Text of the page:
The annual awards, which the League announced earlier this month, are intended to commend institutions with “outstanding support of bicycling to ensure healthy, accessible and eco-friendly transportation and recreation for students and staff,” according to the League’s press release.
The League evaluates universities along the categories of “engineering, education, encouragement, enforcement, and evaluation and planning,” said Amelia Neptune, Director of the Bicycle Friendly America Program at the League of American Bicyclists.
Among programs that stood out to the League was Harvard’s Bling-Your-Bike event, for which the University provided lights and reflectors for bikes. Neptune said the event was even featured on the League’s blog.
The League also considers universities’ accessibility to cyclists in terms of resources such as bike parking and storage, bike lanes, and bike safety education, Neptune said.
Ben A. Hammer, Associate Director of Harvard’s CommuterChoice program, said CommuterChoice is among these resources. The program offers a number of services designed to promote bike access and safety, including a unique reimbursement system called the Bike Benefit Program.
“We offer reimbursement to benefit eligible faculty and staff for eligible bike expenses, including repairs, storage, maintenance, and, there’s a fourth one in there, basically bike expenses that will allow you to commute safely to campus,” Hammer said.
Neptune said she was particularly impressed with this initiative when evaluating Harvard’s efforts to encourage biking.
“That’s something Harvard has done for years,” Neptune said of Harvard’s reimbursement of bike expenses. “We were really impressed to see that they continued that incentive.”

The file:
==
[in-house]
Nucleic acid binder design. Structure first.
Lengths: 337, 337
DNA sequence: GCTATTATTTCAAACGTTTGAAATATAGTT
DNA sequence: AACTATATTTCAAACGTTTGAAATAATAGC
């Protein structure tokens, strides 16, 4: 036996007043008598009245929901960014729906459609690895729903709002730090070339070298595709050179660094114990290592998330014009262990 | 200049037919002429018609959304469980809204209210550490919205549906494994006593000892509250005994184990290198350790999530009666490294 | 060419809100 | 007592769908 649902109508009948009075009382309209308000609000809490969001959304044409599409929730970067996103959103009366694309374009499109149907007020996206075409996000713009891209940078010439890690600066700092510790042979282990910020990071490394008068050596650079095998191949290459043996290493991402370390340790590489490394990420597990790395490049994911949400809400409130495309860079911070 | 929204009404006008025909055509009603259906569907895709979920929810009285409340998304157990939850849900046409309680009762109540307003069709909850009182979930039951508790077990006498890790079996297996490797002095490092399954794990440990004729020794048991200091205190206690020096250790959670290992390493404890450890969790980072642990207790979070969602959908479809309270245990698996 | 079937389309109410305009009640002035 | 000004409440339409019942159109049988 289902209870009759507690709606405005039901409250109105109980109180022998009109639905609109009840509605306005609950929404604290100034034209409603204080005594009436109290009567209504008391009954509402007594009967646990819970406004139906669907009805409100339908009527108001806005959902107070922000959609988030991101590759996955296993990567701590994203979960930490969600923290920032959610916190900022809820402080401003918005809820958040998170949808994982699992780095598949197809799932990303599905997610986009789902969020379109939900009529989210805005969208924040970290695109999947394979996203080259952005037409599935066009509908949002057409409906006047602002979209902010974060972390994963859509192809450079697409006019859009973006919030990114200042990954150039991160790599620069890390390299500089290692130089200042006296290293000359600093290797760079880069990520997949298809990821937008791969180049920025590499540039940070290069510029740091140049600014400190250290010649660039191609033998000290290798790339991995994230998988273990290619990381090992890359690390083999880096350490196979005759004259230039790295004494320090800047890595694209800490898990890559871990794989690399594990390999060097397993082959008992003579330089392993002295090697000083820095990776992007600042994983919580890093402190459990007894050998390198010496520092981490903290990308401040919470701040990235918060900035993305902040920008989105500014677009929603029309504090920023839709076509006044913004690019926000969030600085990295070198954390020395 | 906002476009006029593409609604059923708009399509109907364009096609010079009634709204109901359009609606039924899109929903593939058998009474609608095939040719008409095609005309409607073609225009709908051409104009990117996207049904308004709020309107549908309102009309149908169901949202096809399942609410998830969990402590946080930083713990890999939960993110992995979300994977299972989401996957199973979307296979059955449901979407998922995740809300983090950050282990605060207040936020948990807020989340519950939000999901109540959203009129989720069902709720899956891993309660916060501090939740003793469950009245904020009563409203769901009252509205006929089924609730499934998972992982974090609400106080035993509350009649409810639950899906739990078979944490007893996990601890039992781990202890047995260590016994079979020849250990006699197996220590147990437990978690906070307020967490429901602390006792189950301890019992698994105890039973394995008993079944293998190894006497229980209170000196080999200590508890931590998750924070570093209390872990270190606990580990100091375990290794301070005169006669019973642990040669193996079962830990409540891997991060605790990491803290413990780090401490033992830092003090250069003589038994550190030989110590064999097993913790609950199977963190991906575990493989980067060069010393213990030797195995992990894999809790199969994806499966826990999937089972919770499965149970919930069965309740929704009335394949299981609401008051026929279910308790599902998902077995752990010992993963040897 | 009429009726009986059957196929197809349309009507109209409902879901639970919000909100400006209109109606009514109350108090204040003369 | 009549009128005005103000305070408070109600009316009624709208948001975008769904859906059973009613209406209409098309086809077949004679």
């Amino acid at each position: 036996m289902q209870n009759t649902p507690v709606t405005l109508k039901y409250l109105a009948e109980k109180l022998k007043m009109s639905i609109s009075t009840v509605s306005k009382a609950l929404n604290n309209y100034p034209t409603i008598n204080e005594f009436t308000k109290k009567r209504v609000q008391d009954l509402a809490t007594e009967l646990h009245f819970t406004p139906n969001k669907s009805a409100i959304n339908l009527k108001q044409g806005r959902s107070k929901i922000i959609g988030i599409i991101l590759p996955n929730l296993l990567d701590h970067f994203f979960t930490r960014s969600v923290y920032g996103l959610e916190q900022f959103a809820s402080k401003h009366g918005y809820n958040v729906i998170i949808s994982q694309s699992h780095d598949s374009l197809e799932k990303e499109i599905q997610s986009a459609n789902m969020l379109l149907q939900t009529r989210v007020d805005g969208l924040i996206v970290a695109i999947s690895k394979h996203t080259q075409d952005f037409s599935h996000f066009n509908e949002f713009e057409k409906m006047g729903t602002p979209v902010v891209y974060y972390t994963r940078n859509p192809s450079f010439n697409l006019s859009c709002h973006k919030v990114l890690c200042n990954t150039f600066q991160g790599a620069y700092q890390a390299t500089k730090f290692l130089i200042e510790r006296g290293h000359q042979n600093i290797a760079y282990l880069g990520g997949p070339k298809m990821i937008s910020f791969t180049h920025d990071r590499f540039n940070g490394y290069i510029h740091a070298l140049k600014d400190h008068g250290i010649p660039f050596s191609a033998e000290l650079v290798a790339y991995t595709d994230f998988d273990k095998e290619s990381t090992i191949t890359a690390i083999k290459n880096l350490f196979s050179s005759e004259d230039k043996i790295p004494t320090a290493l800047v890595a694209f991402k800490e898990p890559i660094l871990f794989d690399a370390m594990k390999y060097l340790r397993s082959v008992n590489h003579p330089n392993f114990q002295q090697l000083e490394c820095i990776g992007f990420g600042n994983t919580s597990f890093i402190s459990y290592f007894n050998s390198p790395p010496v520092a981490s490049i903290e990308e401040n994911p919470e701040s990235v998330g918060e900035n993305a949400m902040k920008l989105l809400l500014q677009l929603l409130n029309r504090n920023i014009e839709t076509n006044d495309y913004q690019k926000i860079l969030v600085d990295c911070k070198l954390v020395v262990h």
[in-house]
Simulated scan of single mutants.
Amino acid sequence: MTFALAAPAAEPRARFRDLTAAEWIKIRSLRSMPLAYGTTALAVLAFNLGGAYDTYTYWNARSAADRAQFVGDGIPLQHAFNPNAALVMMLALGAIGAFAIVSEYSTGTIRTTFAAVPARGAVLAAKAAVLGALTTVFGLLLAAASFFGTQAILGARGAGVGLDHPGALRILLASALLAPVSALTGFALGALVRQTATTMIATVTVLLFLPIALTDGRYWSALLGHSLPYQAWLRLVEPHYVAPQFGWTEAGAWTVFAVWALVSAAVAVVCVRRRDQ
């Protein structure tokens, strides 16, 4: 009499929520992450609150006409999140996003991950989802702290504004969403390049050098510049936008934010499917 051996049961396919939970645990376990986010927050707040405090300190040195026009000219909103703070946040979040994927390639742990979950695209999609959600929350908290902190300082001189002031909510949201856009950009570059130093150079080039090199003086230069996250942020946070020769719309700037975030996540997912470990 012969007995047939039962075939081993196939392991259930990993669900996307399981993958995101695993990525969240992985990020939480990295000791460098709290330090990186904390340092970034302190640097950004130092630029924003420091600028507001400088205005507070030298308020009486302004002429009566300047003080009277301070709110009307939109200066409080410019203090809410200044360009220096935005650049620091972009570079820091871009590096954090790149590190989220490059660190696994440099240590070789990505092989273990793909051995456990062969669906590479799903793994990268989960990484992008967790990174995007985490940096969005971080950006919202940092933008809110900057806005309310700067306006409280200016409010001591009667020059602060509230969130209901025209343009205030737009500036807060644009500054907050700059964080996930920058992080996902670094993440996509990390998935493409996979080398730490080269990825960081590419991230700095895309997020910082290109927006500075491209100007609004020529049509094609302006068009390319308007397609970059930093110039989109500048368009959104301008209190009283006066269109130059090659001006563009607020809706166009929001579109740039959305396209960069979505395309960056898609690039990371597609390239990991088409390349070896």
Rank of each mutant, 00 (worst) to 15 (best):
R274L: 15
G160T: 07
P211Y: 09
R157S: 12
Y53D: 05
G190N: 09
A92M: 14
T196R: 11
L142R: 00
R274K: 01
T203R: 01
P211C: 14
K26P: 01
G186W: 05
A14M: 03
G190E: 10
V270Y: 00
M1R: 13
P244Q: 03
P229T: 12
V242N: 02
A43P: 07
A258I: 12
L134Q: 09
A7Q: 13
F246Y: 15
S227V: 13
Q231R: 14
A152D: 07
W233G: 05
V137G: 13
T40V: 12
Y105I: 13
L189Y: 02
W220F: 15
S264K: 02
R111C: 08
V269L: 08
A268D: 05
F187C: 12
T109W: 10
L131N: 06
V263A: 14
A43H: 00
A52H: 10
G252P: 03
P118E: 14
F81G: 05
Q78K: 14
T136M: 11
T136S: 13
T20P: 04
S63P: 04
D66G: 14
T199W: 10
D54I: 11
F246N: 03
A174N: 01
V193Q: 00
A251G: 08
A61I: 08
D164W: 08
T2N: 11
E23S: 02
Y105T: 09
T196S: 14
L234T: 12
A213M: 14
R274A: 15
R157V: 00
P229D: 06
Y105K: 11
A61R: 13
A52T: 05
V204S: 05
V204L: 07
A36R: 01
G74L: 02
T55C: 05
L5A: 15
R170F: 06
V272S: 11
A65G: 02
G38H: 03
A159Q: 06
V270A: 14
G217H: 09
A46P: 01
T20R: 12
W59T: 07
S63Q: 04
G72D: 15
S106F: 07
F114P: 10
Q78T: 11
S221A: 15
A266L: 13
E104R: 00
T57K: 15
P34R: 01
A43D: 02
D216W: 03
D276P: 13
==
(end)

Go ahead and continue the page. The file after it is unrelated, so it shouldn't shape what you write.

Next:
Hammer also mentioned that the CommuterChoice program distributes about three hundred discounted bike helmets every year at Harvard’s Campus Service Center.
Commenting on Harvard’s accessibility as a student cyclist, Jack W. Deschler ’19 said, “I think that Harvard is about as bicycle-friendly as it can be given the fact that it’s in a city like Cambridge.”
Deschler specifically pointed to Harvard’s infrastructure to support cyclists. “Basically anywhere you need to go, there’s a place to lock your bike,” he said. “Which I think is probably the most important thing living in a city, so that’s really good.”
Deschler also said that biking in a city can be inherently challenging and dangerous, but safety is improving.
“I think Cambridge has gotten better even in the time that I’ve been here,” Deschler said. “They put in a two-way bike lane on Brattle Street last year that’s separated by cars, which I think has made a lot of routes that I bike significantly safer.”
Deschler also highlighted the Undergraduate Council’s recent initiative to subsidize bicycles and scooters for students in the Quad and Harvard University Police Department’s Bicycle Registration program as examples of Harvard’s efforts to encourage biking on campus.
Harvard is among seven universities—including University of Kentucky, University of Washington, Seattle, and Dickinson College—to receive the gold-level award this year. Harvard previously received the gold level award in 2016.
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